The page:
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Japan earthquake hits overseas markets globally

Japan earthquake hits overseas markets globally

Nations around the world are bracing themselves for a large slump in tourism arrivals from Japan, following last week’s devastating earthquake.

Officials from the Queensland Tourism Industry Council and Tourism Australia cited serious concerns that falling numbers from Japan could further dent the region, which is already struggling to recover from the devastating floods.

The number of Japanese tourists visiting Queensland grew 12 percent in 2010, to 398,000, making Japan the fifth-largest international market to Australia, accounting for about six per cent of the country’s tourists, according to The Australian. Tourism between Japan and Queensland received a boost last year when Jetstar began flying between Osaka and Cairns.

Meanwhile in Taiwan, tourism officials said the country expected to lose millions of dollars in revenue as Japanese tourists cancelled visits to the island.

Taiwan’s Tourism Bureau estimated a 20 percent decline in Japanese visitors over the coming three months, or more than US$33 million in lost income, said spokesman Wayne Liu.


Last year 1 million Japanese visited Taiwan, making Japan the second largest source of tourists after China.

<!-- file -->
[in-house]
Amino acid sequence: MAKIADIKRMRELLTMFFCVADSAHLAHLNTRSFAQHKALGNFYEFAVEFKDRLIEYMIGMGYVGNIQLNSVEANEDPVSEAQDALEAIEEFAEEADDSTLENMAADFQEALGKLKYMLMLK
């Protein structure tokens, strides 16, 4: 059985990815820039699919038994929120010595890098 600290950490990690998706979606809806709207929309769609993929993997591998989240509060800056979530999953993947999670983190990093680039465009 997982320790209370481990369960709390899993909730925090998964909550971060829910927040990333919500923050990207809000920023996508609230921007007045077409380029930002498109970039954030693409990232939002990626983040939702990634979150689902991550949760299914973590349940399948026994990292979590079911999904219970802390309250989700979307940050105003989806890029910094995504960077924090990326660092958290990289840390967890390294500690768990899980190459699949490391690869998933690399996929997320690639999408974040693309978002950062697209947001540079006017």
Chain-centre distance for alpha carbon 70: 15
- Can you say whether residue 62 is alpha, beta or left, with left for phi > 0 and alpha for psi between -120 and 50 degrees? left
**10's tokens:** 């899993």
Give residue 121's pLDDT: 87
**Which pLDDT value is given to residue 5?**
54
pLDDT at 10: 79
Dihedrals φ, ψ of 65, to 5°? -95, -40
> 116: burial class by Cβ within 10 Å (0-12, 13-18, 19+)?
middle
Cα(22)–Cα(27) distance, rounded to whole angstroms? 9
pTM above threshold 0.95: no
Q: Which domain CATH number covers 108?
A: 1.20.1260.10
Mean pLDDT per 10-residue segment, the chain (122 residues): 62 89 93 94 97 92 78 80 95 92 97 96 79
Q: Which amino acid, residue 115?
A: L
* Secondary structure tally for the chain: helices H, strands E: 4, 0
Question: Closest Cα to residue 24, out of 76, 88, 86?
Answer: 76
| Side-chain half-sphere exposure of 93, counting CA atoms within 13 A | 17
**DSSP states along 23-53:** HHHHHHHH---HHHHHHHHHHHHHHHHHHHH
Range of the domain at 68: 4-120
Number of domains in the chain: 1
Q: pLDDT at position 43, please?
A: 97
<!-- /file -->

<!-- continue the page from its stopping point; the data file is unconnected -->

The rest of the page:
About half the Taiwanese tour groups due to visit Japan have cancelled scheduled trips after the Foreign Ministry issued “red” travel alerts against many parts in the country due to radiation concerns.

Friday’s 9.0-magnitude quake, the country’s biggest, sparked a 10-metre tsunami estimated to have killed 10,000 people, while also rocking a nuclear plant northeast of Tokyo where crews are struggling to avert a meltdown.

In Hawaii officials estimate that the tsunami generated from the Japan earthquake caused tens of millions of dollars in damage to ports, roads and homes in the state, and they expect tourism revenue to decline as Japanese travellers cancel holiday plans.

The tsunami swept through the islands before dawn on Friday, and though the waves were much smaller than those that hit Japan’s northeastern coast, they flooded some coastal businesses and hotel lobbies, sank boats and tore apart piers and infrastructure.

Even India is feeling the pinch. Indian travel firms have started receiving cancellations from Japanese tourists and are bracing up for a small dip in business as Japan is one of the top 10 source markets for inbound tourism in the country.